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Microchip technology can offer peace of mind for pet owners

April 07, 2013
  • Microchips, which are inserted under an animal's skin, usually between the shoulder blades, by way of a quick injection help those in the animal welfare industry locate animals who get lost or run away.
Submitted photo

What is the advantage of having a pet microchipped and how does it work?

As warmer weather approaches, the risks of animals running away or getting lost can increase.

But a relatively new and quick procedure is available that can offer some peace of mind for pet owners.

It’s called microchipping, and Michael Lausen of the Washington County Humane Society said the tiny radio frequency identification chip has saved the lives of many lost animals.

“By us being able to reunite the animal, we can find out who the owner is and get them back home, and they’re less likely to be euthanized as an unwanted pet,” he said. “It’s designed to help return animals back home.”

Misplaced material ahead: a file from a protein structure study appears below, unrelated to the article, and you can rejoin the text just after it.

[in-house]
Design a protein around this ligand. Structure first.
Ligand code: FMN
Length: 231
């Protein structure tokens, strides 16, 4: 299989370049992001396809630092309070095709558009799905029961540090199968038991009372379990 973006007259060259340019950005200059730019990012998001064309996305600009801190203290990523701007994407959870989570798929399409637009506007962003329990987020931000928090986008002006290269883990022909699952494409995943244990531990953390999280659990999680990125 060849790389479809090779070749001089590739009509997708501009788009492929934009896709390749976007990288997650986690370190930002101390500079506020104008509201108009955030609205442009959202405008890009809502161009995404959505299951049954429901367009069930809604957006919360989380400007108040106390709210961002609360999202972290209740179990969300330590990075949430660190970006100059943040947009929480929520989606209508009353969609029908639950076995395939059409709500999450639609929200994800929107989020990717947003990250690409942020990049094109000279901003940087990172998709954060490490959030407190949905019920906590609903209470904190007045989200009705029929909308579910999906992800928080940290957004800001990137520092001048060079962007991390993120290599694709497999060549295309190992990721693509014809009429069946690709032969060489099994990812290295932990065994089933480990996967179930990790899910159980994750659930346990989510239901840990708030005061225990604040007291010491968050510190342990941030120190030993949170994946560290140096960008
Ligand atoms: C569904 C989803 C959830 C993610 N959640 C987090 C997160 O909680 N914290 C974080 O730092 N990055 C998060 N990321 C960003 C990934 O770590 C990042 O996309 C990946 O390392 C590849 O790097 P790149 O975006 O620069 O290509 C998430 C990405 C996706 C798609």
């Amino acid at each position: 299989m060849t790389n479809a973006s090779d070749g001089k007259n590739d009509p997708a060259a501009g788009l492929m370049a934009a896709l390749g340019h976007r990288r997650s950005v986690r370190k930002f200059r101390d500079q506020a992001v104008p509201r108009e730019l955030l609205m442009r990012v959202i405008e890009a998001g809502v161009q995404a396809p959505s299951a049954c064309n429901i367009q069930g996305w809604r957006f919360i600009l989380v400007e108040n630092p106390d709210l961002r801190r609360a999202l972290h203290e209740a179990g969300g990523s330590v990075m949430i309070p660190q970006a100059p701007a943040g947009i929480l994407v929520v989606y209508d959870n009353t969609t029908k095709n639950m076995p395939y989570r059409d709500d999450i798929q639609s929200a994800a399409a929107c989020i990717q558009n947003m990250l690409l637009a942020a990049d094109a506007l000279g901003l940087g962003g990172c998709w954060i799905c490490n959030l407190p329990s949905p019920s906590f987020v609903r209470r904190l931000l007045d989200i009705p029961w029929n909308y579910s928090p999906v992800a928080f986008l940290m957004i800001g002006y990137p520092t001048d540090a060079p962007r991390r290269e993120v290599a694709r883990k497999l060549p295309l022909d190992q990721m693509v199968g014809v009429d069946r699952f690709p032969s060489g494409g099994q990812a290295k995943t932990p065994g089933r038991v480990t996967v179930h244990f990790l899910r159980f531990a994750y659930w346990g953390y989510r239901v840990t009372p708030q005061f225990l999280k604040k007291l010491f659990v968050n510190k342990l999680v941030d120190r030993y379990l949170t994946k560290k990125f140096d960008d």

The chip is inserted under the skin, usually between the shoulder blades, by way of a quick injection, Lausen said, and then it stays with the animal for the rest of its life.

“If the animal gets loose or leaves from where its home of record is, anybody that’s in the animal welfare industry can use a scanner” to identify the animal, Lausen said.

Animal welfare officials have access to databases that contain information about millions of microchipped pets, he said.

A quick swipe of an electronic wand over a microchipped animal produces a number that is entered into the system, revealing its last known owner and address of record, as well as its registration of licenses and vaccinations.

“A collar comes off,” Lausen said. “The microchip stays with the animal.”

The largest microchip network, HomeAgain, has helped reunite more than 1.1 million animals to date, according to its website, www.homeagain.com.

Lausen encouraged all pet owners to consider having their animals microchipped, a procedure that can be done for a nominal fee at the humane society at 13011 Maugansville Road, Hagerstown.

— Compiled by C.J. Lovelace

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